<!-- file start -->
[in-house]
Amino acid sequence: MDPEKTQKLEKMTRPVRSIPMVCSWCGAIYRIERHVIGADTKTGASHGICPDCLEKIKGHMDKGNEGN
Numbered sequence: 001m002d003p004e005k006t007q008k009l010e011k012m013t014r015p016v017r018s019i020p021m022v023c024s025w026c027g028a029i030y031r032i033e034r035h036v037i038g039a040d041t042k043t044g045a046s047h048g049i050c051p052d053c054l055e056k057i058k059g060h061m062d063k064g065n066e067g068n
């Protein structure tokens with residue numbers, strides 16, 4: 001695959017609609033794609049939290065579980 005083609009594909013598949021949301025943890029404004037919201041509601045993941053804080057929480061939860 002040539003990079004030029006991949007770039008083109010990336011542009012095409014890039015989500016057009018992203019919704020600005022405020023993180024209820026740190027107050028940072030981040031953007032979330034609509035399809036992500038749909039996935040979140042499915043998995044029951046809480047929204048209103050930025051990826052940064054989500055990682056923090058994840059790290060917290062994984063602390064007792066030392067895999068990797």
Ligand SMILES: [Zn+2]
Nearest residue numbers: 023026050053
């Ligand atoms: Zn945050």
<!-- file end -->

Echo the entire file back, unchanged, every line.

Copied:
[in-house]
Amino acid sequence: MDPEKTQKLEKMTRPVRSIPMVCSWCGAIYRIERHVIGADTKTGASHGICPDCLEKIKGHMDKGNEGN
Numbered sequence: 001m002d003p004e005k006t007q008k009l010e011k012m013t014r015p016v017r018s019i020p021m022v023c024s025w026c027g028a029i030y031r032i033e034r035h036v037i038g039a040d041t042k043t044g045a046s047h048g049i050c051p052d053c054l055e056k057i058k059g060h061m062d063k064g065n066e067g068n
């Protein structure tokens with residue numbers, strides 16, 4: 001695959017609609033794609049939290065579980 005083609009594909013598949021949301025943890029404004037919201041509601045993941053804080057929480061939860 002040539003990079004030029006991949007770039008083109010990336011542009012095409014890039015989500016057009018992203019919704020600005022405020023993180024209820026740190027107050028940072030981040031953007032979330034609509035399809036992500038749909039996935040979140042499915043998995044029951046809480047929204048209103050930025051990826052940064054989500055990682056923090058994840059790290060917290062994984063602390064007792066030392067895999068990797």
Ligand SMILES: [Zn+2]
Nearest residue numbers: 023026050053
């Ligand atoms: Zn945050």